Friday, September 13, 2019

Day 1 update

    Yesterday I felt fantastic. I felt better yesterday than I have in months. None of this made sense to me. Androgen deprivation therapy is not exactly quick acting. Once you receive your injection it takes a while for it to get into your system. PSA has a half-life of two weeks therefore there’s no way there was a reduction in PSA. I was trying to figure out why I felt so good. It hit me this morning. It was the prednisone. To me this is the only logical explanation. I am speculating that my adrenal gland may have started up somewhat but still has not been working the way that it should prior to Zytiga. With this in mind, it stands to reason that my body has not been producing enough of its own steroid for the last several months. This would cause my joints to ache and my muscles to ache and nothing to really work the way it supposed to. Once I started taking prednisone again my body stopped hurting and I had more energy. There is a negative side of this. I haven’t slept very well the last couple of nights. Maybe my body doesn’t need as much sleep now that it’s getting the steroid it needs to function correctly or maybe the prednisone is keeping me awake until I adjust to it again. Either way I feel better and I’m not falling asleep at work which is a bonus. Not only that I felt so good yesterday that I dug a ditch approximately a foot deep and 10 foot long, install the drain pipe off my downspout and refilled the ditch in an hour. I could not have done that two days ago.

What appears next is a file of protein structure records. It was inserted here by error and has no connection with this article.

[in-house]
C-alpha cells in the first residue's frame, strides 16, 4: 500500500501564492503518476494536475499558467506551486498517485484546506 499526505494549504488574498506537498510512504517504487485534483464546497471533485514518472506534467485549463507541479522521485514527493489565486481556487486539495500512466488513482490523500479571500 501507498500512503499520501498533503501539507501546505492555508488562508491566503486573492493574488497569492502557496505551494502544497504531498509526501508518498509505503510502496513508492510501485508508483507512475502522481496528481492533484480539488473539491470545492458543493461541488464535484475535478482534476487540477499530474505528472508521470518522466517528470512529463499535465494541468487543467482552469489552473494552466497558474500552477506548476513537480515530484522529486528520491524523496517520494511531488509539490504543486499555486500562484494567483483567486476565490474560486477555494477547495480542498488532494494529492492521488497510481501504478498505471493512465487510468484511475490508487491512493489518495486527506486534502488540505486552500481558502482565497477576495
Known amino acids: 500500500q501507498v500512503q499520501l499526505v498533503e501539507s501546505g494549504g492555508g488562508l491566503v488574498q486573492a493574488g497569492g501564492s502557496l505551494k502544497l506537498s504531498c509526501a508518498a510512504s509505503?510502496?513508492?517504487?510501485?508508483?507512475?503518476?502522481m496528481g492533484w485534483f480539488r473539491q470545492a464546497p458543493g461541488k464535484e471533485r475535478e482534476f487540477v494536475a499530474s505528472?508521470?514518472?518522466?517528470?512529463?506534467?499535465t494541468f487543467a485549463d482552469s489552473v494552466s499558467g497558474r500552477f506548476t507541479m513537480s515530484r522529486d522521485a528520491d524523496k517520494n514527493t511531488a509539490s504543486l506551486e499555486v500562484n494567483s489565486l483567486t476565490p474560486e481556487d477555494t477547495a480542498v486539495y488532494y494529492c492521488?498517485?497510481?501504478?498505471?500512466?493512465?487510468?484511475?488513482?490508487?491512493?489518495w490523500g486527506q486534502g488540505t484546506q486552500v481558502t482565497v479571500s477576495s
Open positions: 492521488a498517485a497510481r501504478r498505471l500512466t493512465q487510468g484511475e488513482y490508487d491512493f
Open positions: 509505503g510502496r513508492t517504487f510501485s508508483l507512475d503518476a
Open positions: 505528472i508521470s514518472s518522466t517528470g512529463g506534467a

Last night my mind would not shut down. I spent a good portion of the hours I should’ve been sleeping thinking about prostate cancer. Imagine that! In my mind I was doing mathematics regarding PSA doubling time. I realized that with a doubling time of 4 weeks it would only take another 10 months for my PSA to reach my prediagnosis level of 3200. Try sleeping with that on your mind. As terrible as I had been feeling with a PSA of just over 3, I couldn’t stop thinking how bad I would feel with a PSA of 3200. The thought then occurred to me that if treatment ever stopped working I would probably only have a couple years left to live. It was a long night. I guess I must have nodded off around 1:00 a.m. My usual bedtime is 9:00 p.m.
   When I woke up at 5 it hit me that my discomfort was not cancer symptoms but rather a lack of steroid. I call that a gift. 
   I am not looking forward to treatment side effects. I will be sending my doctor an e-mail today suggesting that the next time I am on treatment holiday ( if there is a next time ) that prior to restarting we base that decision on imaging and not just PSA. Todd


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